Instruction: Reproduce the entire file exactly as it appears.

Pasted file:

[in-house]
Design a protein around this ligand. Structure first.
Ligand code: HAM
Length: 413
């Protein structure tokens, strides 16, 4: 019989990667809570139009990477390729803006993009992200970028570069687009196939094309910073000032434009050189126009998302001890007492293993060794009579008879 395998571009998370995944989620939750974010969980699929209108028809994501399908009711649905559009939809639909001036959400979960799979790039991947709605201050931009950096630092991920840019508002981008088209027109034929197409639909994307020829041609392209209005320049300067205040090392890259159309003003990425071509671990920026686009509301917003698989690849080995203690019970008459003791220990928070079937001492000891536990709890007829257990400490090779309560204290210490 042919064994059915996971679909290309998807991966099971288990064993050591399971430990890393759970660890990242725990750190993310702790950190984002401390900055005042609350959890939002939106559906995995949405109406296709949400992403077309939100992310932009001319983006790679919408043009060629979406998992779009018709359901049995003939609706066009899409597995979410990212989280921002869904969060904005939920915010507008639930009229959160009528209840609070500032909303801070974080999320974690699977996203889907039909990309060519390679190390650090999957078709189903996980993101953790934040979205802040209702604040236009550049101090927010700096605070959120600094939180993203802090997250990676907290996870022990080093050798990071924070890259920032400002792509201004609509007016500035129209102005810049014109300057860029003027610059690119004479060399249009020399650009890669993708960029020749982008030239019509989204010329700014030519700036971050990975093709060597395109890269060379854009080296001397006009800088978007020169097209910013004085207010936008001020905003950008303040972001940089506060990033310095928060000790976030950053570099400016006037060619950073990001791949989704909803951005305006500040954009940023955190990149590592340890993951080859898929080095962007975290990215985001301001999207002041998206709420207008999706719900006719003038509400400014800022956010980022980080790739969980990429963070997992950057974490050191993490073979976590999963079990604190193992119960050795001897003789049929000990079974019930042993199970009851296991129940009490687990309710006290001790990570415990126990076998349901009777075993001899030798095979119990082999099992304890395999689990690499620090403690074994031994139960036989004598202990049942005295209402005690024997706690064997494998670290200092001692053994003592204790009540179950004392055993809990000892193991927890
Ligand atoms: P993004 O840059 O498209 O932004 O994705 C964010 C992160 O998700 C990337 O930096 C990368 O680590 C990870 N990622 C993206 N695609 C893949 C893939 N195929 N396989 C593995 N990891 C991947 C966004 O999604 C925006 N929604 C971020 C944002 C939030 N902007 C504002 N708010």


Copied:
[in-house]
Design a protein around this ligand. Structure first.
Ligand code: HAM
Length: 413
């Protein structure tokens, strides 16, 4: 019989990667809570139009990477390729803006993009992200970028570069687009196939094309910073000032434009050189126009998302001890007492293993060794009579008879 395998571009998370995944989620939750974010969980699929209108028809994501399908009711649905559009939809639909001036959400979960799979790039991947709605201050931009950096630092991920840019508002981008088209027109034929197409639909994307020829041609392209209005320049300067205040090392890259159309003003990425071509671990920026686009509301917003698989690849080995203690019970008459003791220990928070079937001492000891536990709890007829257990400490090779309560204290210490 042919064994059915996971679909290309998807991966099971288990064993050591399971430990890393759970660890990242725990750190993310702790950190984002401390900055005042609350959890939002939106559906995995949405109406296709949400992403077309939100992310932009001319983006790679919408043009060629979406998992779009018709359901049995003939609706066009899409597995979410990212989280921002869904969060904005939920915010507008639930009229959160009528209840609070500032909303801070974080999320974690699977996203889907039909990309060519390679190390650090999957078709189903996980993101953790934040979205802040209702604040236009550049101090927010700096605070959120600094939180993203802090997250990676907290996870022990080093050798990071924070890259920032400002792509201004609509007016500035129209102005810049014109300057860029003027610059690119004479060399249009020399650009890669993708960029020749982008030239019509989204010329700014030519700036971050990975093709060597395109890269060379854009080296001397006009800088978007020169097209910013004085207010936008001020905003950008303040972001940089506060990033310095928060000790976030950053570099400016006037060619950073990001791949989704909803951005305006500040954009940023955190990149590592340890993951080859898929080095962007975290990215985001301001999207002041998206709420207008999706719900006719003038509400400014800022956010980022980080790739969980990429963070997992950057974490050191993490073979976590999963079990604190193992119960050795001897003789049929000990079974019930042993199970009851296991129940009490687990309710006290001790990570415990126990076998349901009777075993001899030798095979119990082999099992304890395999689990690499620090403690074994031994139960036989004598202990049942005295209402005690024997706690064997494998670290200092001692053994003592204790009540179950004392055993809990000892193991927890
Ligand atoms: P993004 O840059 O498209 O932004 O994705 C964010 C992160 O998700 C990337 O930096 C990368 O680590 C990870 N990622 C993206 N695609 C893949 C893939 N195929 N396989 C593995 N990891 C991947 C966004 O999604 C925006 N929604 C971020 C944002 C939030 N902007 C504002 N708010």